Reviews

Blacker Reviews

Remember, Blacker is available from Amazon Kindle, or you can read the first six chapters for free here.

Sherry – Amazon.Com

The book had a good pace to it. It started out with action, and I was mostly engaged throughout the book. When reading the book, I appreciated all types of energy since the book had an interesting take on it.

I didn’t connect with some of characters, but when they were changed, I felt bad for them since their communication was impaired and they were trying. I felt that John’s flashbacks about Carol Anne were too many. I was more interested in Jackie especially after she said a particular comment before John left.

The ending had a weird factor I liked. I would have liked to know more about the responsible party of the phenomenon, but I guess that could be in next series if there is one.

Overall, the book was interesting and kept me engaged most of the time. I would have like more character development so I could connect with all the characters.

Robin – GoodReads

Blacker, by Richard Fairbairn, is a nightmarish novel about seeing the degradation of loved ones, all the while trying to survive an unknown threat humanity has no idea how to fight against.

John MacGregor is a blinded veteran who had previously survived hell, and is now living his life quietly. A friend of his comes parading back into his life, with a proposal to do an experiment for blind people, one that provides generously for its participants. Initially, MacGregor is skeptical about the entire affair, seeing as how Fraser had trouble keeping past promises before. Then, one night, he is kidnapped by a military personnel in order to investigate an energy dampening in Scotland, to which he goes along with, humorously enough. However, little did he know, both he and his newfound comrades were being dropped into a horrific world filled with corpses and darkness. It’s a race against time as MacGregor tries to exterminate this threat before more people lose their lives.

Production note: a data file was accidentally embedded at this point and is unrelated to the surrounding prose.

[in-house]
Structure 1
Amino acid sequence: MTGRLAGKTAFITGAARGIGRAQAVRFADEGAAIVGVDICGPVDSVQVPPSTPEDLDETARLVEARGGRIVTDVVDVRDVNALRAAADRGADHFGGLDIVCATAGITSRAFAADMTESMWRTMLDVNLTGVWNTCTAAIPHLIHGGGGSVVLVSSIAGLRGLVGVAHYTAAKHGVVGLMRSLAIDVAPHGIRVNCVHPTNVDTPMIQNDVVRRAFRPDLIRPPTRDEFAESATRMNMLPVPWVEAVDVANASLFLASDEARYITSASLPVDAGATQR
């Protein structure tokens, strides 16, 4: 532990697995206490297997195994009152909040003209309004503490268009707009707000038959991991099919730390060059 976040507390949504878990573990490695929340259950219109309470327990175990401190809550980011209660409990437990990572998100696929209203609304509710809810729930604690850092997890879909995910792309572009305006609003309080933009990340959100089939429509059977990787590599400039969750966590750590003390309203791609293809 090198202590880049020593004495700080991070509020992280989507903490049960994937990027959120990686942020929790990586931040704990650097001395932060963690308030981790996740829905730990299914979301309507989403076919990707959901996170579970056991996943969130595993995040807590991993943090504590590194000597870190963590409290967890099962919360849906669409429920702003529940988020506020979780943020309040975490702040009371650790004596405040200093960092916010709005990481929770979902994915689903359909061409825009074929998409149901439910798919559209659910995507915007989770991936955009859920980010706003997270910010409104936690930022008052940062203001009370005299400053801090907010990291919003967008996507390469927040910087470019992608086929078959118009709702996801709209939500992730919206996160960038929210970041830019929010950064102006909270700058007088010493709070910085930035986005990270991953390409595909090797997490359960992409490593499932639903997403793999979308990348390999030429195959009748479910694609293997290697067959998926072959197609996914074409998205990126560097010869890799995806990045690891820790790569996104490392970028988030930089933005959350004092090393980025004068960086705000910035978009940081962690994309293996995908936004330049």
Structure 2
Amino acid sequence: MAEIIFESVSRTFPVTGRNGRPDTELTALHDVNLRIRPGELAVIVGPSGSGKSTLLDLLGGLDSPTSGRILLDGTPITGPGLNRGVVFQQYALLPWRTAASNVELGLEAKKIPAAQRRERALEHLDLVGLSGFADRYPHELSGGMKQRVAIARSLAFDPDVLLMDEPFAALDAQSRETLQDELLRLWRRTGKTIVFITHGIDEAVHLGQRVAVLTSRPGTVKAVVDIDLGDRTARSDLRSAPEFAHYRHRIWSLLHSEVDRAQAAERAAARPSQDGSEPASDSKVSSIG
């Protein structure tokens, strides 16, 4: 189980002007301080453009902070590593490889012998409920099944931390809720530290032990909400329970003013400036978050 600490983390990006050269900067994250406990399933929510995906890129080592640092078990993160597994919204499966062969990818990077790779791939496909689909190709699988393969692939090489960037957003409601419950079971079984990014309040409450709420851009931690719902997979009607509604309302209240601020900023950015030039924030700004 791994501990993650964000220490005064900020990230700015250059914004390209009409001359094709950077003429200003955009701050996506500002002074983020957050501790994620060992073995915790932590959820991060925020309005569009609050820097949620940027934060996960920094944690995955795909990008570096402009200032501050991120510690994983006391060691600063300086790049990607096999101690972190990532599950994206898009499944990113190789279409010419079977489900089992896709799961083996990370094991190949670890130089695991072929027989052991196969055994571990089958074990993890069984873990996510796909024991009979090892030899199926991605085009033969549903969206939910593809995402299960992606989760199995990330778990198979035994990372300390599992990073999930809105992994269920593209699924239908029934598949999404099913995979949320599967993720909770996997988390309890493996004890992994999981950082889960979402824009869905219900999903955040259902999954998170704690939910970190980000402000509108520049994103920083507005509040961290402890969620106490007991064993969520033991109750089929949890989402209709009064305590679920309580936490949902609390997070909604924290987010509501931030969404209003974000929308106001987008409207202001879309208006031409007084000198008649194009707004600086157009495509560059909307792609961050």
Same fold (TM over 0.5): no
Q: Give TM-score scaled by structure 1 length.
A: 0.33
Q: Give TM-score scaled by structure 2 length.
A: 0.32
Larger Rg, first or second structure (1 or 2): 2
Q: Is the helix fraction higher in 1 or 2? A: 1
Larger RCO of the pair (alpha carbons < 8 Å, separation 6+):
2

What I enjoyed most about this book was MacGregor and Hunter’s budding relationship. From past lovers to humorous banter, the two acted like best friends and lovers throughout the book, despite not knowing each other very well. Coupled with the somewhat entertaining soldiers surrounding them, it shows just how much of the outside world MacGregor left behind. To have people, even complete strangers, remind yourself of who you are, as well as the struggles you’ve been through, was engrossing to say the least.

Which, of course, was why it was so hard for me to let them go. In every end-of-the-world scenario, you can’t get overly sentimental, otherwise you could end up dying the next day. So it impressed me with how efficient MacGregor continued on. Perhaps it was because of his own experiences, or maybe it’s because they kidnapped him in the middle of the night, but either way it’s impressive.

Still, the book isn’t without its flaws. I was confused at the pronouns to address either MacGregor or Hunter. I also would like to see more detail, since an apocalyptic setting would be wonderful to read about.

Overall, I would give this book a rating of a 3.8 out of 5 stars. The characters’ interactions were well-developed and showed a more human side to the protagonist. Saying goodbye to his kidnappers was even harder, truth be told. Although the pronouns were a bit confusing, nevertheless it was an enjoyable read. I would recommend this book to those who enjoy World War Z, and the Angel Fall series.